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The marriage bureau that helped build a nation

BERNARD HOUSTON

E Course teachers at MalagunaAUSTRALIAN TERRITORIES MINISTER Paul Hasluck commented ruefully in the 1960s that, as far as Papua New Guinea Administration employees went, it was if he ran a Marriage Bureau.

It was so true. It was the 20th century version of the 19th century ‘fishing fleet’ that carried boatloads of spinsters to the bachelors in India. And the many well-paid young bachelors in the then Territory seeking a spouse were a pretty good catch.

The E Course – the six-month ‘emergency’ teacher training program launched in PNG in 1960 - has been justifiably lauded as delivering great educational outcomes.

The program recruited mature men and some women who had already established careers and transformed them into a potent teaching force, with the men often being despatched to the toughest and most remote locations.

E Course teachers, and E Course lecturers for that matter, married adventurous young women who either worked for the Administration or the missions.  Some of the women were themselves teachers.

In a number of cases, E Course graduates, on completion of the course, immediately returned to Australia, married their sweethearts and promptly returned to PNG as they now had a regular income and there were jobs for Australian women in the Territory.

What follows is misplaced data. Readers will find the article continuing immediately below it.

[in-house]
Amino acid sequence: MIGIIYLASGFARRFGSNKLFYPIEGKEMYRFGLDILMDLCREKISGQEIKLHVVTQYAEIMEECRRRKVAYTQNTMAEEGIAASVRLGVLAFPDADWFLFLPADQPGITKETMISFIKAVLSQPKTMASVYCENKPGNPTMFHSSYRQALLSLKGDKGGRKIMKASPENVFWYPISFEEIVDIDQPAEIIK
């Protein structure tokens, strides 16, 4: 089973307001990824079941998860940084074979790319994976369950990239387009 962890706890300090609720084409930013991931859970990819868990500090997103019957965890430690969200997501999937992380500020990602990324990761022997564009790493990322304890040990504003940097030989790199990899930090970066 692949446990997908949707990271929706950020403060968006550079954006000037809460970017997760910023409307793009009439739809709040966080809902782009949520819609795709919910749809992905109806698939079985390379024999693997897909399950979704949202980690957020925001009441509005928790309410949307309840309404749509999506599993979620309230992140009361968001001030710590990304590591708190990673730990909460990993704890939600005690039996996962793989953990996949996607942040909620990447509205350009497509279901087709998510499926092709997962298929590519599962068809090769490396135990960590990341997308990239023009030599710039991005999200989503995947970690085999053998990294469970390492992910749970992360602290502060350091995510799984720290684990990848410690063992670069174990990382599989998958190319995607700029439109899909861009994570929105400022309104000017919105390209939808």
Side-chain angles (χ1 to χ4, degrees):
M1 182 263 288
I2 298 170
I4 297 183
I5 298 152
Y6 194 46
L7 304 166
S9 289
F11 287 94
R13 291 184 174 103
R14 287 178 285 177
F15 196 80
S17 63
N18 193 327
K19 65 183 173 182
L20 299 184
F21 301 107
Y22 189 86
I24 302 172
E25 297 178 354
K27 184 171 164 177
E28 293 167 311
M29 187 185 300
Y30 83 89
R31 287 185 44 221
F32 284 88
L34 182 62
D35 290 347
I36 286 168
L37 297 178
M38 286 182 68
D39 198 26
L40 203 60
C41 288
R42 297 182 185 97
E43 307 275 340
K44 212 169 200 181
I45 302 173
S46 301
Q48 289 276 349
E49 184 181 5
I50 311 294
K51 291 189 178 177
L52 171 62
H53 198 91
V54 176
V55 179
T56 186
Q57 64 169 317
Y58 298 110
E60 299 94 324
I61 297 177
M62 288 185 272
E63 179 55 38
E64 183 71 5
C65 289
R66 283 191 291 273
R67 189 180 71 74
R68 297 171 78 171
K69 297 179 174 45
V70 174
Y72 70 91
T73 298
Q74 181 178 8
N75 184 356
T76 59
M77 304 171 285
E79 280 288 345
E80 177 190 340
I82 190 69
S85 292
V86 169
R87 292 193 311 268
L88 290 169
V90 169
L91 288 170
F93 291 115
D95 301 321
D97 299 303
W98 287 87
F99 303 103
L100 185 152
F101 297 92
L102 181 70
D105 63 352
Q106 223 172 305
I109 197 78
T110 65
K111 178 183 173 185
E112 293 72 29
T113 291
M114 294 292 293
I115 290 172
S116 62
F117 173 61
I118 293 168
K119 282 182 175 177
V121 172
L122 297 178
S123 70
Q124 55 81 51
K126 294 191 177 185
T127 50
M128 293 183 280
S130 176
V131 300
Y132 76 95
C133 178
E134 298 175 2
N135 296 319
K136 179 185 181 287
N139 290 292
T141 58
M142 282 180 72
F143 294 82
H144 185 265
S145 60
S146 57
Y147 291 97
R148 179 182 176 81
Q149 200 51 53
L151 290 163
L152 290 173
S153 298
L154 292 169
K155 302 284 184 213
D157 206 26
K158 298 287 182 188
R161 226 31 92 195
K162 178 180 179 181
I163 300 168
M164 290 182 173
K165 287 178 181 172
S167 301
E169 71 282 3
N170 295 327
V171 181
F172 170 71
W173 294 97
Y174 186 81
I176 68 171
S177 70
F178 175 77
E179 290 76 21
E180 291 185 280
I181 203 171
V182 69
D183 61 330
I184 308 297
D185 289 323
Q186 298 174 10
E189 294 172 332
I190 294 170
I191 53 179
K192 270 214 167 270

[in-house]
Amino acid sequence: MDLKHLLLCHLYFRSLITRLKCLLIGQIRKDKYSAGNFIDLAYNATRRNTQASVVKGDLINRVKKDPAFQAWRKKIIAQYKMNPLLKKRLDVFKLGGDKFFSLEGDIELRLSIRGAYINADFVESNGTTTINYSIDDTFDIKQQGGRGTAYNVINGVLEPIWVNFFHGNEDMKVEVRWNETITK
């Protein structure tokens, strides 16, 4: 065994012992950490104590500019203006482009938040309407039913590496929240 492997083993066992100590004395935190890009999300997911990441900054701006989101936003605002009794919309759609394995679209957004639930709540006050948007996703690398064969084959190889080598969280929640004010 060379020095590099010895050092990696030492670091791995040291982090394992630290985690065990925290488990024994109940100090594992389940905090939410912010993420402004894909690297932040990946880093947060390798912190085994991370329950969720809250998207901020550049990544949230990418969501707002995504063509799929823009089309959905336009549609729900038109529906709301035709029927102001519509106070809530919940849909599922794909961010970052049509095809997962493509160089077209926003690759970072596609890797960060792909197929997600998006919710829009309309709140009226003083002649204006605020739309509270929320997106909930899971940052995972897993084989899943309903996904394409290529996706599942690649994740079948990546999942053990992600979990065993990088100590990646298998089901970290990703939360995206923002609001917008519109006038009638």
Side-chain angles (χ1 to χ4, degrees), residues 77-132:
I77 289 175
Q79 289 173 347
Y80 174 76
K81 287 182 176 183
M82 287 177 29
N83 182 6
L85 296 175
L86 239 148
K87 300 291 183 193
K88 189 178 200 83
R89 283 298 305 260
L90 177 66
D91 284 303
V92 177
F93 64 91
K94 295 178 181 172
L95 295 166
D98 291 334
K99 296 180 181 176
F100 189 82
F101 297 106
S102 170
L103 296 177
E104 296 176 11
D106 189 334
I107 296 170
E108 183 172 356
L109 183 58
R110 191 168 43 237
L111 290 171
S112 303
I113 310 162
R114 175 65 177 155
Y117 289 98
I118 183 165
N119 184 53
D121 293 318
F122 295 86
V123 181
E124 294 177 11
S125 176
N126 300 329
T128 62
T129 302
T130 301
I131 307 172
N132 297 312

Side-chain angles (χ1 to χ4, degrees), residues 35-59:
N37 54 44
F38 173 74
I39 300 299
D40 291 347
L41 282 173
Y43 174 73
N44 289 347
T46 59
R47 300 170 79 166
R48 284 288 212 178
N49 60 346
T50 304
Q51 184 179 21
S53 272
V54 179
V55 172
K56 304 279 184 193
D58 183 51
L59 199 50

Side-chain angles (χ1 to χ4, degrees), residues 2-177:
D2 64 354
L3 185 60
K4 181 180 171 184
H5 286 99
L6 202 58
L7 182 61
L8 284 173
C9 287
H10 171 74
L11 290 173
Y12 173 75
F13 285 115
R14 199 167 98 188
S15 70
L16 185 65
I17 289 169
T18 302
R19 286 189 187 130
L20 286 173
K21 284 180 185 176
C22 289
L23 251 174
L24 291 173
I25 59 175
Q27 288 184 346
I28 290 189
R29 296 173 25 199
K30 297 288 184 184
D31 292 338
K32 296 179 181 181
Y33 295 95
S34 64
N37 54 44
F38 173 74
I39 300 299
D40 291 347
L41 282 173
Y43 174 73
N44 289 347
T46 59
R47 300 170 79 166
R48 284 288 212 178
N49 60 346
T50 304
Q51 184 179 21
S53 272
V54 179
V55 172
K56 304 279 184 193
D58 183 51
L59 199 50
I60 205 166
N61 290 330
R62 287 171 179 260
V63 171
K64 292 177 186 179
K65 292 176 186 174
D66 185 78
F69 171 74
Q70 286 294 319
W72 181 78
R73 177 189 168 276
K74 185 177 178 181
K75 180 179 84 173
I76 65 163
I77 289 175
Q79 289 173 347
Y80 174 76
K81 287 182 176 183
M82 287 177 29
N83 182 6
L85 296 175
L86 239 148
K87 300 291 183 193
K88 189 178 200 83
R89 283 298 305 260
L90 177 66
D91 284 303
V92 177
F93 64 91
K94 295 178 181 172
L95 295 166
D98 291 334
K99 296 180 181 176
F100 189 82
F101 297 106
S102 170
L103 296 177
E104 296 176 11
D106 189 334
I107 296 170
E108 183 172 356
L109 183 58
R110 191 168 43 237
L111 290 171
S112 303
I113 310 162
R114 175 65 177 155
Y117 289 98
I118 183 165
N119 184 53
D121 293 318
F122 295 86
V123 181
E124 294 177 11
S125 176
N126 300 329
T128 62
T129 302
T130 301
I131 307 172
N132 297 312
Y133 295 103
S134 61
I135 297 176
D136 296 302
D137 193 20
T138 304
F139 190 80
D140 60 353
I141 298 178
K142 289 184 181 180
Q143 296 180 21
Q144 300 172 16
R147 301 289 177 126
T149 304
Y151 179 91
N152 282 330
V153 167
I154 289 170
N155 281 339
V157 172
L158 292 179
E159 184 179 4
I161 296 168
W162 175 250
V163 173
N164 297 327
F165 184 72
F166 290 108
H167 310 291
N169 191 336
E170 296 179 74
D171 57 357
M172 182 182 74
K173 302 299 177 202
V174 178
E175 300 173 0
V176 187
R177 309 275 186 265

First E Course, 1960-61But at the time we didn’t know that Hasluck had made his sardonic comment, so the bachelor kiaps, didimen and chalkies couldn’t thank him and the Department of Territories for the blessing of being able to marry a young woman bold enough to seek a life on a new frontier.

Or, for that matter, an equally adventurous, possibly opportunistic but courageous indigenous lass, who then faced the difficulties of integration into the expatriate community.

Life was not always sweet. When we left the Territory, we frequently left behind a trace of tragedy. Our own lay in a small grave at Koroba. A miscarriage had delivered a tiny infant and it was buried in the garden at Koroba together with an identification bracelet bearing my name, date of birth and blood group.

Women experiencing difficulties in pregnancy would move to the maternity ward of the nearest hospital – in our case Goroka - weeks before the baby was due to be born.

Then there were the frantic midnight drives in a four wheel drive along stony mountain roads to the nearest hospital where a baby might be born within minutes of the mother’s arrival in the labour ward.

So all was not a bed of roses.

Belatedly, I thank Paul Hasluck, Jim Kernan, Mal McCrae, John Schofield, Father Walker, Fred Ebbeck, Dave Pitt and Albert Baglee whose efforts enabled me to be in the right place at the right time to meet the young woman who was right for me and, furthermore, to spend the next 34 years doing work I enjoyed.

Those men and women who, having undertaken training and gone “into the field” as we sued to say, found their expectations met as they performed these practical and necessary services for the Territory community. It was also good to have our abilities challenged.